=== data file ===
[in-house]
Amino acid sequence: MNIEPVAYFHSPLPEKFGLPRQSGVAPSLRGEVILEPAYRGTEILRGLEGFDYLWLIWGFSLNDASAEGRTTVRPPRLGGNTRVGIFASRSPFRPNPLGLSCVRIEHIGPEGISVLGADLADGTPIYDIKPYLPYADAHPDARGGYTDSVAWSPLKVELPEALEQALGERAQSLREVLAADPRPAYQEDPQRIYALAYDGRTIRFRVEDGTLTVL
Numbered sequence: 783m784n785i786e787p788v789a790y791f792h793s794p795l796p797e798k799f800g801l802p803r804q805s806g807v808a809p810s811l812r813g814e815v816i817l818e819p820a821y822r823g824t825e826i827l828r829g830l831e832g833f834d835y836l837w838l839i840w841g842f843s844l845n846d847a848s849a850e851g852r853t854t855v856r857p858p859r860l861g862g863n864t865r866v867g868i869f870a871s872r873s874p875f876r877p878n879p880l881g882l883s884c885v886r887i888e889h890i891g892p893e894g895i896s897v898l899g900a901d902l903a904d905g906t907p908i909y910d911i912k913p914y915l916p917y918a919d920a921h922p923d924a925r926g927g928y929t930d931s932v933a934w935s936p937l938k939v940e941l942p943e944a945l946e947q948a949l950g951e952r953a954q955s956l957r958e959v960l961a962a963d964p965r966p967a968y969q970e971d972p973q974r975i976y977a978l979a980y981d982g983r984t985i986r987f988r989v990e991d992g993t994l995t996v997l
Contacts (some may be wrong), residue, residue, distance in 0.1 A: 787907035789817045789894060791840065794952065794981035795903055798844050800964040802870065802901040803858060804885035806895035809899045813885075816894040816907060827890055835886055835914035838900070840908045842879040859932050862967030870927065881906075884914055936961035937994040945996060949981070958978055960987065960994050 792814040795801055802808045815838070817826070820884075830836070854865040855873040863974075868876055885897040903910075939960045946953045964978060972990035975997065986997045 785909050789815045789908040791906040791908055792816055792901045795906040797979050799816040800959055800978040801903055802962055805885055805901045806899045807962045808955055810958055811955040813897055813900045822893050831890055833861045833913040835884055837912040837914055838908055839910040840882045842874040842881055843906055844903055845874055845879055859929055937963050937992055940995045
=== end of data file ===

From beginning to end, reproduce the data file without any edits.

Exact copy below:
[in-house]
Amino acid sequence: MNIEPVAYFHSPLPEKFGLPRQSGVAPSLRGEVILEPAYRGTEILRGLEGFDYLWLIWGFSLNDASAEGRTTVRPPRLGGNTRVGIFASRSPFRPNPLGLSCVRIEHIGPEGISVLGADLADGTPIYDIKPYLPYADAHPDARGGYTDSVAWSPLKVELPEALEQALGERAQSLREVLAADPRPAYQEDPQRIYALAYDGRTIRFRVEDGTLTVL
Numbered sequence: 783m784n785i786e787p788v789a790y791f792h793s794p795l796p797e798k799f800g801l802p803r804q805s806g807v808a809p810s811l812r813g814e815v816i817l818e819p820a821y822r823g824t825e826i827l828r829g830l831e832g833f834d835y836l837w838l839i840w841g842f843s844l845n846d847a848s849a850e851g852r853t854t855v856r857p858p859r860l861g862g863n864t865r866v867g868i869f870a871s872r873s874p875f876r877p878n879p880l881g882l883s884c885v886r887i888e889h890i891g892p893e894g895i896s897v898l899g900a901d902l903a904d905g906t907p908i909y910d911i912k913p914y915l916p917y918a919d920a921h922p923d924a925r926g927g928y929t930d931s932v933a934w935s936p937l938k939v940e941l942p943e944a945l946e947q948a949l950g951e952r953a954q955s956l957r958e959v960l961a962a963d964p965r966p967a968y969q970e971d972p973q974r975i976y977a978l979a980y981d982g983r984t985i986r987f988r989v990e991d992g993t994l995t996v997l
Contacts (some may be wrong), residue, residue, distance in 0.1 A: 787907035789817045789894060791840065794952065794981035795903055798844050800964040802870065802901040803858060804885035806895035809899045813885075816894040816907060827890055835886055835914035838900070840908045842879040859932050862967030870927065881906075884914055936961035937994040945996060949981070958978055960987065960994050 792814040795801055802808045815838070817826070820884075830836070854865040855873040863974075868876055885897040903910075939960045946953045964978060972990035975997065986997045 785909050789815045789908040791906040791908055792816055792901045795906040797979050799816040800959055800978040801903055802962055805885055805901045806899045807962045808955055810958055811955040813897055813900045822893050831890055833861045833913040835884055837912040837914055838908055839910040840882045842874040842881055843906055844903055845874055845879055859929055937963050937992055940995045